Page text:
A Billion Colour Story 2016
1h 45min | Drama | October 2016 (India)
In a world rapidly being torn asunder by violence, racism and suspicion, there is a growing despondence and a feeling that almost all of humanity is at cross purposes, and most of it at war. There is a dire need for reassurance that not all is lost, that the fundamental goodness of humanity is still intact. There need to be more love stories than revenge dramas, more stories of real life heroes than superhero sagas. There need to be more stories that reinforce our faith in each other rather than a mythical messiah who might never arrive to save us. A Billion Colour Story is one such story.
How a white Englishman ended up at the 3rd annual Dallas Fort Worth South Asian Film Festival is a tale of its own, but as I settled in to my seat at the Perot Museum, Dallas TX to watch Billion Colour Story, I was not properly prepared for the emotional journey ahead. Black & white and subtitled films usually disappoint my simple tastes, but this was a very human tale with highly believable characters, and a solid plot you can relate to.
The pacing is good, the acting superb and the music and score were well balanced. If I had a criticism it was that the dubbing, subtitling and audio soundstage was at times not very polished – but this is an indie film on a tight budget, so lets not be too harsh. In any case, it did not really distract from the otherwise excellent film.
The beautiful Hindu mother Parv, and her optimistic Muslim husband Imran are both film makers, and they have a dream project which, if they are to complete, they must sell their family home to raise the finance. The film follows their story, and that of their 11 year old son Hari as they experience a variety of racial prejudices and narrow minded bullying along their journey to make their film.
I found myself drawing parallels that many post Brexit Brits and Trumps American’s alike can relate to. This modern, liberal minded multicultural family have to face the realisation that the tolerant world they knew is changing, and those backward opinions that have long been suppressed in the shadows on the edge of society have moved into the open, to the detriment of all.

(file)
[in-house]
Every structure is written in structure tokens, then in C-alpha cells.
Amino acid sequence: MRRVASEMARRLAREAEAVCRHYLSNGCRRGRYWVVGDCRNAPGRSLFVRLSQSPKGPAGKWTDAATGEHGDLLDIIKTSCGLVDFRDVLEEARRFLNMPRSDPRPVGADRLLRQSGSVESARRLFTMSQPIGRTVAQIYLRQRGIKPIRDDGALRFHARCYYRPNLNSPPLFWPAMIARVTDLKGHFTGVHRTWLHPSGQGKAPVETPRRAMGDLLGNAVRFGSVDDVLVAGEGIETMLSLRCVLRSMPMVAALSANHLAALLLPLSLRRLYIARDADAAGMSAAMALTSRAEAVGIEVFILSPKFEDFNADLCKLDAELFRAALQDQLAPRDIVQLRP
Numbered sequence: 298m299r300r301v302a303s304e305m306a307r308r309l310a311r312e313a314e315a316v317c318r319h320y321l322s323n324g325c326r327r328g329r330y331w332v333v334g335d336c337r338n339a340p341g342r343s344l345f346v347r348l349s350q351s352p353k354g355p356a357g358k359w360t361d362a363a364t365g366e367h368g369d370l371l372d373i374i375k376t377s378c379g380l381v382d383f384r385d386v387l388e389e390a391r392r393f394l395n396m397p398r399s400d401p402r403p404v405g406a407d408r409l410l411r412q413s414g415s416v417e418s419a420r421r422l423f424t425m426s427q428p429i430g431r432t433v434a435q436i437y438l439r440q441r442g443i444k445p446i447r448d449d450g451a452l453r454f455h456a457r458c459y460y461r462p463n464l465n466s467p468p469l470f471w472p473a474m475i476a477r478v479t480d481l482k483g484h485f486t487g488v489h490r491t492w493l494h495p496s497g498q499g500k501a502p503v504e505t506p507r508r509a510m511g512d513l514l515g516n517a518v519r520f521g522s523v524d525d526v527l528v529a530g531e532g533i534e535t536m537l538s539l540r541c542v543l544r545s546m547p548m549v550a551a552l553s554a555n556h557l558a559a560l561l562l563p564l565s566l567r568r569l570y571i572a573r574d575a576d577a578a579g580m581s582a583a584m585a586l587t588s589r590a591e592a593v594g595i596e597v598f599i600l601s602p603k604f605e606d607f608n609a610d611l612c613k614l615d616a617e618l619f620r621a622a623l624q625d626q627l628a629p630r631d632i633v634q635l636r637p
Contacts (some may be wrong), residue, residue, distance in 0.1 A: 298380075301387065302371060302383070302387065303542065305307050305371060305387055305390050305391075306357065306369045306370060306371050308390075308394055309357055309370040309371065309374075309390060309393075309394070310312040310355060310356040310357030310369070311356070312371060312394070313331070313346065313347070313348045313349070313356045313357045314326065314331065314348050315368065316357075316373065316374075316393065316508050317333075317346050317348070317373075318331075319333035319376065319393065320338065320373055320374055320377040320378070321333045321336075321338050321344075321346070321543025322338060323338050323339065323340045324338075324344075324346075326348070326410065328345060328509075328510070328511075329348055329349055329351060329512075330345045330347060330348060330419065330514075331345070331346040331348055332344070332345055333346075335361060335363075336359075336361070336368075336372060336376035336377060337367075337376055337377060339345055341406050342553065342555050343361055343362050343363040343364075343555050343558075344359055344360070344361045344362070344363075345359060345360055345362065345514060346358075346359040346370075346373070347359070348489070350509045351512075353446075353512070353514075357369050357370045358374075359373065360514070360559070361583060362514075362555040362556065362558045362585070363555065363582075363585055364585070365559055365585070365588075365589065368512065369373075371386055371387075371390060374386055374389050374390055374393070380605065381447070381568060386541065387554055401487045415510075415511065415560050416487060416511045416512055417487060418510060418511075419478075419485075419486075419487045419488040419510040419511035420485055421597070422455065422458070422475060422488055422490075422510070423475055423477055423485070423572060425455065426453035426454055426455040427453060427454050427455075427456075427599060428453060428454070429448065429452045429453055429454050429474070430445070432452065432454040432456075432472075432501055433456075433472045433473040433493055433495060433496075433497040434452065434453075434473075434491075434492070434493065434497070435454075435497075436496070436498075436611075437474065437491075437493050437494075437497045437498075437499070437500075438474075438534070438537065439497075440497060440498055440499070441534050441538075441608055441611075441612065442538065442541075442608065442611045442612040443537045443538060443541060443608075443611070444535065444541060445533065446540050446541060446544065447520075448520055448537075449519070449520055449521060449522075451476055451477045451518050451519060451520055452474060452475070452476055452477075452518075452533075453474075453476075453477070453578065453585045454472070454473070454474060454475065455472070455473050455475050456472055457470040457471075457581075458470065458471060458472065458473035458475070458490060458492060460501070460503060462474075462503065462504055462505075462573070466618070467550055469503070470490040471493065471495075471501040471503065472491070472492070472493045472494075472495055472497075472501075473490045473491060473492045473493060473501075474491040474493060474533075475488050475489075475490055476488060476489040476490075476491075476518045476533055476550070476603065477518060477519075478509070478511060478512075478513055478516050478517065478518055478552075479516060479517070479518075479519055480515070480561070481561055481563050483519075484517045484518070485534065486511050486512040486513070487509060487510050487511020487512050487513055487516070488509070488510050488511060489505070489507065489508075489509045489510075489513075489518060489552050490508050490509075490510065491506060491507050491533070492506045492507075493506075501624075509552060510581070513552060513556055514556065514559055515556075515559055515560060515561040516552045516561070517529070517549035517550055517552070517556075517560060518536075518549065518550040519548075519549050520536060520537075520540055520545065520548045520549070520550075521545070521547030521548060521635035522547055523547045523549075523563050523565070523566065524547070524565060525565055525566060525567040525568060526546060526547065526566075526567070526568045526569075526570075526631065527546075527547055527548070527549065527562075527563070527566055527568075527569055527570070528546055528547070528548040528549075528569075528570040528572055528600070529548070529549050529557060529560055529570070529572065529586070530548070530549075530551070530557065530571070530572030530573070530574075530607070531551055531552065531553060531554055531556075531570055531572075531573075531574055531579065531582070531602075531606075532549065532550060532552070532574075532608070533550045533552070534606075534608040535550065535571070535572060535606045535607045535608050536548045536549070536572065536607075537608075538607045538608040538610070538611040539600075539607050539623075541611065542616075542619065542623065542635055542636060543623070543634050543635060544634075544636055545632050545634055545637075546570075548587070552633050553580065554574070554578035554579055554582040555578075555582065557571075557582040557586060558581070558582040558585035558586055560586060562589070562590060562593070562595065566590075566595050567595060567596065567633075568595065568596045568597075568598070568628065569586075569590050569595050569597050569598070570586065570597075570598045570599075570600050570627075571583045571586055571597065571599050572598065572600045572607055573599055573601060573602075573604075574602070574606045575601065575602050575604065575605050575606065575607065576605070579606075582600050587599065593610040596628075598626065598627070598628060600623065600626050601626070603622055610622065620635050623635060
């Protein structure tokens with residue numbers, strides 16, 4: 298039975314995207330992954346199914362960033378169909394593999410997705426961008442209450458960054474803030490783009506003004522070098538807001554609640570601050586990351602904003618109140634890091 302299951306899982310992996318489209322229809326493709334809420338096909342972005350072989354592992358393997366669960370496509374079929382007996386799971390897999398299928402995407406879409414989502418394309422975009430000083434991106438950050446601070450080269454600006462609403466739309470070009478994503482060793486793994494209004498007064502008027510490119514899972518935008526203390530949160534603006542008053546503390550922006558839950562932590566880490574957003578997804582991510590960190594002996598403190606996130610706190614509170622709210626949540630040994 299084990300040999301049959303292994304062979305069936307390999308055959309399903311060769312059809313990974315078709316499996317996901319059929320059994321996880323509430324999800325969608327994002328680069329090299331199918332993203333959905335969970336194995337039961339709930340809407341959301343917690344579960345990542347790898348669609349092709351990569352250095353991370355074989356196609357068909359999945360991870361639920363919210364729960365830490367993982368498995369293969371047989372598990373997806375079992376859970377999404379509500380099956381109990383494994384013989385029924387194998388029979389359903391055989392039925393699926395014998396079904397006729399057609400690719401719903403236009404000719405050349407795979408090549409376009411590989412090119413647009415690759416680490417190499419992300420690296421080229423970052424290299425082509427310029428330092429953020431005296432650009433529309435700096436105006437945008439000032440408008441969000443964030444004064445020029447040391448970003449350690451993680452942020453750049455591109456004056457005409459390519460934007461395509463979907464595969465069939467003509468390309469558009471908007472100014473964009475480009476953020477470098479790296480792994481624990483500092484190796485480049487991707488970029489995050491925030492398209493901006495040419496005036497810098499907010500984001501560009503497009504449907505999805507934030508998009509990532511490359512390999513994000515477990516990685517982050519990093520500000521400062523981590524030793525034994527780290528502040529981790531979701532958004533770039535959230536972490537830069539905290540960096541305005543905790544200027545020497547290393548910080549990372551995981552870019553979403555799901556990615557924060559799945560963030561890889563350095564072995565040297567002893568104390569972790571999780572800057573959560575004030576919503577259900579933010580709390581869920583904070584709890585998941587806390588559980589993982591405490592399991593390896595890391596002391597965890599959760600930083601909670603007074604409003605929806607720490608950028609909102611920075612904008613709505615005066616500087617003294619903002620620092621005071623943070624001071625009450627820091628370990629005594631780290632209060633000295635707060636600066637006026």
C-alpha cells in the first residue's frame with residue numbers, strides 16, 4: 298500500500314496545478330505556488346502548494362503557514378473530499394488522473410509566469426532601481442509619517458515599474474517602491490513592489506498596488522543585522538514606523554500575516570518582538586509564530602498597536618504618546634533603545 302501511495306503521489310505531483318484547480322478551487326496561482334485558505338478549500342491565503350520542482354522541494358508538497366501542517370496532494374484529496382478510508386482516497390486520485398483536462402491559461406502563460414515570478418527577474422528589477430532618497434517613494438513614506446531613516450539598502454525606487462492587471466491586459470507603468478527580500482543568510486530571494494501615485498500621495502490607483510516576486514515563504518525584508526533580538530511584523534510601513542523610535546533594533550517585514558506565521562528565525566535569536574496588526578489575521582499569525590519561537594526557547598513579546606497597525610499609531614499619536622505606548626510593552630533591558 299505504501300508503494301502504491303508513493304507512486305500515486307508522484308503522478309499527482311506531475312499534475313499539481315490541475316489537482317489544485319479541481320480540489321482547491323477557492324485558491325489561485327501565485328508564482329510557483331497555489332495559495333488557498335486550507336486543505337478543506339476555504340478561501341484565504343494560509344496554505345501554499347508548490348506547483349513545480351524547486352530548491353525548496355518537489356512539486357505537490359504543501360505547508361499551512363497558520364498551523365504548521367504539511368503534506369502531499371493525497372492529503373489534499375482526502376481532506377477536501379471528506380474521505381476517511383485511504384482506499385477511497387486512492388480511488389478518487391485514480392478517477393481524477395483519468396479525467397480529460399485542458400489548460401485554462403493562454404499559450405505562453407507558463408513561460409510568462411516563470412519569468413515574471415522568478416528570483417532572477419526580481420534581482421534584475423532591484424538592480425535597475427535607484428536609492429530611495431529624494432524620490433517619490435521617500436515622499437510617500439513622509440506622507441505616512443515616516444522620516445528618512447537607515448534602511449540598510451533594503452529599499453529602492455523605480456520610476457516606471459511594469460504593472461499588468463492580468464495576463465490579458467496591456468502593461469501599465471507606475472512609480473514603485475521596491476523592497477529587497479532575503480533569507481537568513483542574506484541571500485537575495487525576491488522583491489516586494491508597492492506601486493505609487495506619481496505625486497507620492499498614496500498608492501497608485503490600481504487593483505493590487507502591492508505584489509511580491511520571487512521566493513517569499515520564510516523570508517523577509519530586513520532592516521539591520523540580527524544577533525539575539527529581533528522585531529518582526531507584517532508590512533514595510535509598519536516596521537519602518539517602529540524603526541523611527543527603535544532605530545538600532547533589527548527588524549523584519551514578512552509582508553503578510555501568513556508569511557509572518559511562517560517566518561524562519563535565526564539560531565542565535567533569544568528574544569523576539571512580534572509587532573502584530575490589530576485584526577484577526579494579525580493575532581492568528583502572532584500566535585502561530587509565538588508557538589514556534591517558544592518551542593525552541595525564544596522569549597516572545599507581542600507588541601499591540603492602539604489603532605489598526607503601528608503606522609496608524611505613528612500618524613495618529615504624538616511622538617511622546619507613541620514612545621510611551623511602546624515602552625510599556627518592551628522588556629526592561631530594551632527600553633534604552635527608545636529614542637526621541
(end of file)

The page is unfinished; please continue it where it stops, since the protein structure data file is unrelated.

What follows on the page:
We watch the character of Imran turn from the naive eternal optimist, to a man torn between his faith in humanity and the new reality to which he is exposed.
We also watch his son Hari, who despite his innocence, is wise beyond his years and appears far more attuned to the world around him than his father. As the film closes we are deeply touched by the actions of young Hari, and we see that despite the evils we have seen in the film, there is still hope for humanity in India. We are also left wondering if we, in the real world, are reverting to an intolerant society, then what must we do to stop that change.
Director: Padmakumar Narasimhamurthy
Writer: Padmakumar Narasimhamurthy
Stars: Dhruva Padmakumar, Gaurav Sharma, Vasuki
Release Date: October 2016 (India)
John (verified owner) –
The look of the film was wonderful in superbly detailed monochrome and the director’s young son who played Hari – and indeed all of the cast – did a great job. The movie left me angry for the truth it delivered – that is, the re-emergence of intolerance in India – and, I guess, confirmation that India’s leaders appear to have failed to act against this deterioration.
Bryan L. (verified owner) –
A surprisingly good film , great value .